We condense the threat models for different parts of our platform into higher-level risks and necessary security controls, and derive our security design principles from that. Monzo security engineers then in turn follow these principles when advising engineering teams or making key security designs.

Don’t trust workloads by default

When we deploy a new microservice, it cannot talk to other services or access the internet by default. It has no access to a database, secrets or other resources on the network. Access is explicitly granted. We have Kubernetes Network Policies for traffic between all our microservices, we apply network and/or application access rules on all shared resources in the private network, and we allowlist egress to the internet on a DNS-name basis and at a microservice-level.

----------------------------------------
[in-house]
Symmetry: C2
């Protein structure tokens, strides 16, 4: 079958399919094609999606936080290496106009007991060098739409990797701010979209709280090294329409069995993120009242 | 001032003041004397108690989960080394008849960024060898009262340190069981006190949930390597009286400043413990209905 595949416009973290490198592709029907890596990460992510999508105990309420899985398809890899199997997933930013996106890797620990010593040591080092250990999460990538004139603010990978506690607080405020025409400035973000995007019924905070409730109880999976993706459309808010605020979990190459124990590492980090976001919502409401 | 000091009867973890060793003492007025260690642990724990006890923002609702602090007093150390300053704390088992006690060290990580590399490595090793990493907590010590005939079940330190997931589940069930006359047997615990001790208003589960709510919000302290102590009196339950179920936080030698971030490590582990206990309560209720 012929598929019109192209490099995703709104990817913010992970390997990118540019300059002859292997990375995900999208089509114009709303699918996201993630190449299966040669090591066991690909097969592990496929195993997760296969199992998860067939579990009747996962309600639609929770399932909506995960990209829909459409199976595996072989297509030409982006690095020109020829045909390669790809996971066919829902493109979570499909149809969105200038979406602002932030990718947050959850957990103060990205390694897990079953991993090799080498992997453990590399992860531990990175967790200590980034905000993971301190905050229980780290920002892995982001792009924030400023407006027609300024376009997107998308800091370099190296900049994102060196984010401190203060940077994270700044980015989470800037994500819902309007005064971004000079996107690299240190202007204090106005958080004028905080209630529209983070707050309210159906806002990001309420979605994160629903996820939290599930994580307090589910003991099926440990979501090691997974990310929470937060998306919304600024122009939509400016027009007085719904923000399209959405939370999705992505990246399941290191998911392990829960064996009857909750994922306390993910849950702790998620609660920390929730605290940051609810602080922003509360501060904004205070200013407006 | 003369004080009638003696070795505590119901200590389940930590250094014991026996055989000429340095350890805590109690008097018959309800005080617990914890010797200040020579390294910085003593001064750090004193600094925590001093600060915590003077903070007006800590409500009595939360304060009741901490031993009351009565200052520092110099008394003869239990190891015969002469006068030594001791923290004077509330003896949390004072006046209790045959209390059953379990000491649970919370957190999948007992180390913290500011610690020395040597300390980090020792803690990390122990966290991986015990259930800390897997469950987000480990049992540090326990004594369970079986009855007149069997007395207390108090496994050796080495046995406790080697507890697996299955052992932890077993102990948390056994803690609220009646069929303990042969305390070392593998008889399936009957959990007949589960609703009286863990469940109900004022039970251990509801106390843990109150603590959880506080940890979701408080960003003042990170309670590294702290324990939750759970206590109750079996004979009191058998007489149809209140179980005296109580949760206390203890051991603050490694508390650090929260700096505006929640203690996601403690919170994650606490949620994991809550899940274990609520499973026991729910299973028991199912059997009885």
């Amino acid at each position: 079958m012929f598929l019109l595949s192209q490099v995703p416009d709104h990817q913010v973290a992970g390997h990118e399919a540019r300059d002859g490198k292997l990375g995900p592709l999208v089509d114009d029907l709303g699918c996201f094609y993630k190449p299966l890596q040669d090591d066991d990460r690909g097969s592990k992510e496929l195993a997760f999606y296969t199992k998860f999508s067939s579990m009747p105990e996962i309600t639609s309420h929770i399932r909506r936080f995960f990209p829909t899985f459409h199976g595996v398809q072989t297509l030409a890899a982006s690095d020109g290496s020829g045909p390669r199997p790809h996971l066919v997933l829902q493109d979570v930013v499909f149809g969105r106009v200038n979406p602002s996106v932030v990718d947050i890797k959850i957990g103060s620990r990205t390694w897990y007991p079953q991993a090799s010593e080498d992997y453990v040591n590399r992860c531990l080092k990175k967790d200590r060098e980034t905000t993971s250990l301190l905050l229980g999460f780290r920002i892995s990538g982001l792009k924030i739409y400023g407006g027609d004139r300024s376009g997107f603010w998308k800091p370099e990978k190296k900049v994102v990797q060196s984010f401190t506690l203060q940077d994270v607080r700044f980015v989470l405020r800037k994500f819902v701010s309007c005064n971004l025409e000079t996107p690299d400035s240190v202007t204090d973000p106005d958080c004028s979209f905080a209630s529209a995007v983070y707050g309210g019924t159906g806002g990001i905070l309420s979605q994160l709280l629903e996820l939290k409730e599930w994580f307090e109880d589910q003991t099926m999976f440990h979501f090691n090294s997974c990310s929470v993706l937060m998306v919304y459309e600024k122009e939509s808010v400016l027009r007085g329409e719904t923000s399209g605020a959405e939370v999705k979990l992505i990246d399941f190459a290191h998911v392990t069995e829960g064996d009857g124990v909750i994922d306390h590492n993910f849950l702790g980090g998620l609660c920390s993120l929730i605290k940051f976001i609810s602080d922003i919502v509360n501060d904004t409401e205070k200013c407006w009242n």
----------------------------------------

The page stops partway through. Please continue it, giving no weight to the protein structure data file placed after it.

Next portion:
Diagram: Examples of network security controls within our platform

We make sure these controls scale, both in terms of platform performance and developer productivity. For example, we now have more than 2000 microservices running on our platform. Since our deployment pipeline analyses service code on the main branch automatically to figure out valid network paths to other services and the internet, there is no more security overhead now compared to what it was in 2019.

For data and secret access, we have templated policies where each service can access resources namespaced to their name. For example, a Vault policy might look similar to this:

A template Vault policy.